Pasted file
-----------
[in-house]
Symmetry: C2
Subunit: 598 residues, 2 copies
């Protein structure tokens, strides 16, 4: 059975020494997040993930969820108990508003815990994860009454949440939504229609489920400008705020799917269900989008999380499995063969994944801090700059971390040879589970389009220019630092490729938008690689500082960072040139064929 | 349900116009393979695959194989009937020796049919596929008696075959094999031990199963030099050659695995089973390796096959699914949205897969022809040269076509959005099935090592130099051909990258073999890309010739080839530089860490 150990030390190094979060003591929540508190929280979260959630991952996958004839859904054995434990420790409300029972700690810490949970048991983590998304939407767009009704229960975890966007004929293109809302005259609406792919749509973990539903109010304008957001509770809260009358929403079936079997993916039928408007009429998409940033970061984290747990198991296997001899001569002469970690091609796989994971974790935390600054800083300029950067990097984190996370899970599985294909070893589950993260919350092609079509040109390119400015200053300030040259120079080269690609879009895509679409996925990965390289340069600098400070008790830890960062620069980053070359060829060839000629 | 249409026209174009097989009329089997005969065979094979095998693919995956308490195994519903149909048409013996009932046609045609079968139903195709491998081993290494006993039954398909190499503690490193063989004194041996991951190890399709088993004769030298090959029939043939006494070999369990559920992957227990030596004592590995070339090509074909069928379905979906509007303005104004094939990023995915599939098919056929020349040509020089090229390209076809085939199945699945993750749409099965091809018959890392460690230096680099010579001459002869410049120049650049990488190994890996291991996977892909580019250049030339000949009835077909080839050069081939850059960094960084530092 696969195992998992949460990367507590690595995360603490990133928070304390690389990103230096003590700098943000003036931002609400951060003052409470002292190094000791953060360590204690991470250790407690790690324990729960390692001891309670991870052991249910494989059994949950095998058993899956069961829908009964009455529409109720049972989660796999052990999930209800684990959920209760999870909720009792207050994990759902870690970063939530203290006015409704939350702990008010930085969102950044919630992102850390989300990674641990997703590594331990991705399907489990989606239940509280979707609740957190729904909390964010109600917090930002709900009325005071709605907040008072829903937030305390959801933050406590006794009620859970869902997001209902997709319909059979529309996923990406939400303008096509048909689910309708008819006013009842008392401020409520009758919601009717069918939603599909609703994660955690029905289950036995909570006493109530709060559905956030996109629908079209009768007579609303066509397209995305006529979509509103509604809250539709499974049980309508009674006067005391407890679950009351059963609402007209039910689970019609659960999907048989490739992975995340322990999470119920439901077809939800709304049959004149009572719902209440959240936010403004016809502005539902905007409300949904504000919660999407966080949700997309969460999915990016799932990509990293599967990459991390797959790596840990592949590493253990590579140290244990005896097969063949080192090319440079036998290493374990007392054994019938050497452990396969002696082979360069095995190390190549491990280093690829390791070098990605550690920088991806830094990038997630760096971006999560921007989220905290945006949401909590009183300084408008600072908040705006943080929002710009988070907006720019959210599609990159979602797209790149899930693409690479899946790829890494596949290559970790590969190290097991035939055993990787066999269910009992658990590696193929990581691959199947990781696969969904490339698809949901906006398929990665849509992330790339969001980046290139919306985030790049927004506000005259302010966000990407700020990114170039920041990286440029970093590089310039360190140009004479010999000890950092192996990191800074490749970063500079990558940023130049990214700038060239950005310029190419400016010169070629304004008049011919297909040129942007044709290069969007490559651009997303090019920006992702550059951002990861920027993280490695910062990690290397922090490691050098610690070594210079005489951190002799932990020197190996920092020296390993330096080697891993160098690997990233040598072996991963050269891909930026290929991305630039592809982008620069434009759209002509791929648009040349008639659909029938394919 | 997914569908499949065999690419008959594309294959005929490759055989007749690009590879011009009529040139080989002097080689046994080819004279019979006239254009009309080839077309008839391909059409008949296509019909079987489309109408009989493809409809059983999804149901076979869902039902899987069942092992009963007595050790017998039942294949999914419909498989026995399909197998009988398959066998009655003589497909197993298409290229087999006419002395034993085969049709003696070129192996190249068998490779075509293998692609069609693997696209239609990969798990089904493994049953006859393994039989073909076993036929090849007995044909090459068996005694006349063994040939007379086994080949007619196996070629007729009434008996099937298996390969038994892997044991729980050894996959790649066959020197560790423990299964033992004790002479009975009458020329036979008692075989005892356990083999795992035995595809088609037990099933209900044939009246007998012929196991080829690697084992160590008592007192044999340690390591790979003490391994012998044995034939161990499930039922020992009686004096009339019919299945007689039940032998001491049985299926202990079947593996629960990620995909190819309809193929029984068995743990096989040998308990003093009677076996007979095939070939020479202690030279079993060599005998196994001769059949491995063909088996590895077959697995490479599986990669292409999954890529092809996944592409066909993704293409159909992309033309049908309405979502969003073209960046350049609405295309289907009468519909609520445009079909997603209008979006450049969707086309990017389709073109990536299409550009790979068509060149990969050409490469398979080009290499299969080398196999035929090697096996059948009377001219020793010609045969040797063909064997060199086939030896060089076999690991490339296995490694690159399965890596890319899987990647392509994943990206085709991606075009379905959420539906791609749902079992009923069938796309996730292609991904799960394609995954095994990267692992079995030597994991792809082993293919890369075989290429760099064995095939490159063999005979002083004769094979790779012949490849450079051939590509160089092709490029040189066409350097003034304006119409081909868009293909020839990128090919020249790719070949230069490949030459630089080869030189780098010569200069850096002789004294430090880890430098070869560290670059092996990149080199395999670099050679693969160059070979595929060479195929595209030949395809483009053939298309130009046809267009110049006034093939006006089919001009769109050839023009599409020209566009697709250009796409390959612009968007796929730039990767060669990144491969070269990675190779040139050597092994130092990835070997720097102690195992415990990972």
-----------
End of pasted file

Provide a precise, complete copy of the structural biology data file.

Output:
[in-house]
Symmetry: C2
Subunit: 598 residues, 2 copies
């Protein structure tokens, strides 16, 4: 059975020494997040993930969820108990508003815990994860009454949440939504229609489920400008705020799917269900989008999380499995063969994944801090700059971390040879589970389009220019630092490729938008690689500082960072040139064929 | 349900116009393979695959194989009937020796049919596929008696075959094999031990199963030099050659695995089973390796096959699914949205897969022809040269076509959005099935090592130099051909990258073999890309010739080839530089860490 150990030390190094979060003591929540508190929280979260959630991952996958004839859904054995434990420790409300029972700690810490949970048991983590998304939407767009009704229960975890966007004929293109809302005259609406792919749509973990539903109010304008957001509770809260009358929403079936079997993916039928408007009429998409940033970061984290747990198991296997001899001569002469970690091609796989994971974790935390600054800083300029950067990097984190996370899970599985294909070893589950993260919350092609079509040109390119400015200053300030040259120079080269690609879009895509679409996925990965390289340069600098400070008790830890960062620069980053070359060829060839000629 | 249409026209174009097989009329089997005969065979094979095998693919995956308490195994519903149909048409013996009932046609045609079968139903195709491998081993290494006993039954398909190499503690490193063989004194041996991951190890399709088993004769030298090959029939043939006494070999369990559920992957227990030596004592590995070339090509074909069928379905979906509007303005104004094939990023995915599939098919056929020349040509020089090229390209076809085939199945699945993750749409099965091809018959890392460690230096680099010579001459002869410049120049650049990488190994890996291991996977892909580019250049030339000949009835077909080839050069081939850059960094960084530092 696969195992998992949460990367507590690595995360603490990133928070304390690389990103230096003590700098943000003036931002609400951060003052409470002292190094000791953060360590204690991470250790407690790690324990729960390692001891309670991870052991249910494989059994949950095998058993899956069961829908009964009455529409109720049972989660796999052990999930209800684990959920209760999870909720009792207050994990759902870690970063939530203290006015409704939350702990008010930085969102950044919630992102850390989300990674641990997703590594331990991705399907489990989606239940509280979707609740957190729904909390964010109600917090930002709900009325005071709605907040008072829903937030305390959801933050406590006794009620859970869902997001209902997709319909059979529309996923990406939400303008096509048909689910309708008819006013009842008392401020409520009758919601009717069918939603599909609703994660955690029905289950036995909570006493109530709060559905956030996109629908079209009768007579609303066509397209995305006529979509509103509604809250539709499974049980309508009674006067005391407890679950009351059963609402007209039910689970019609659960999907048989490739992975995340322990999470119920439901077809939800709304049959004149009572719902209440959240936010403004016809502005539902905007409300949904504000919660999407966080949700997309969460999915990016799932990509990293599967990459991390797959790596840990592949590493253990590579140290244990005896097969063949080192090319440079036998290493374990007392054994019938050497452990396969002696082979360069095995190390190549491990280093690829390791070098990605550690920088991806830094990038997630760096971006999560921007989220905290945006949401909590009183300084408008600072908040705006943080929002710009988070907006720019959210599609990159979602797209790149899930693409690479899946790829890494596949290559970790590969190290097991035939055993990787066999269910009992658990590696193929990581691959199947990781696969969904490339698809949901906006398929990665849509992330790339969001980046290139919306985030790049927004506000005259302010966000990407700020990114170039920041990286440029970093590089310039360190140009004479010999000890950092192996990191800074490749970063500079990558940023130049990214700038060239950005310029190419400016010169070629304004008049011919297909040129942007044709290069969007490559651009997303090019920006992702550059951002990861920027993280490695910062990690290397922090490691050098610690070594210079005489951190002799932990020197190996920092020296390993330096080697891993160098690997990233040598072996991963050269891909930026290929991305630039592809982008620069434009759209002509791929648009040349008639659909029938394919 | 997914569908499949065999690419008959594309294959005929490759055989007749690009590879011009009529040139080989002097080689046994080819004279019979006239254009009309080839077309008839391909059409008949296509019909079987489309109408009989493809409809059983999804149901076979869902039902899987069942092992009963007595050790017998039942294949999914419909498989026995399909197998009988398959066998009655003589497909197993298409290229087999006419002395034993085969049709003696070129192996190249068998490779075509293998692609069609693997696209239609990969798990089904493994049953006859393994039989073909076993036929090849007995044909090459068996005694006349063994040939007379086994080949007619196996070629007729009434008996099937298996390969038994892997044991729980050894996959790649066959020197560790423990299964033992004790002479009975009458020329036979008692075989005892356990083999795992035995595809088609037990099933209900044939009246007998012929196991080829690697084992160590008592007192044999340690390591790979003490391994012998044995034939161990499930039922020992009686004096009339019919299945007689039940032998001491049985299926202990079947593996629960990620995909190819309809193929029984068995743990096989040998308990003093009677076996007979095939070939020479202690030279079993060599005998196994001769059949491995063909088996590895077959697995490479599986990669292409999954890529092809996944592409066909993704293409159909992309033309049908309405979502969003073209960046350049609405295309289907009468519909609520445009079909997603209008979006450049969707086309990017389709073109990536299409550009790979068509060149990969050409490469398979080009290499299969080398196999035929090697096996059948009377001219020793010609045969040797063909064997060199086939030896060089076999690991490339296995490694690159399965890596890319899987990647392509994943990206085709991606075009379905959420539906791609749902079992009923069938796309996730292609991904799960394609995954095994990267692992079995030597994991792809082993293919890369075989290429760099064995095939490159063999005979002083004769094979790779012949490849450079051939590509160089092709490029040189066409350097003034304006119409081909868009293909020839990128090919020249790719070949230069490949030459630089080869030189780098010569200069850096002789004294430090880890430098070869560290670059092996990149080199395999670099050679693969160059070979595929060479195929595209030949395809483009053939298309130009046809267009110049006034093939006006089919001009769109050839023009599409020209566009697709250009796409390959612009968007796929730039990767060669990144491969070269990675190779040139050597092994130092990835070997720097102690195992415990990972």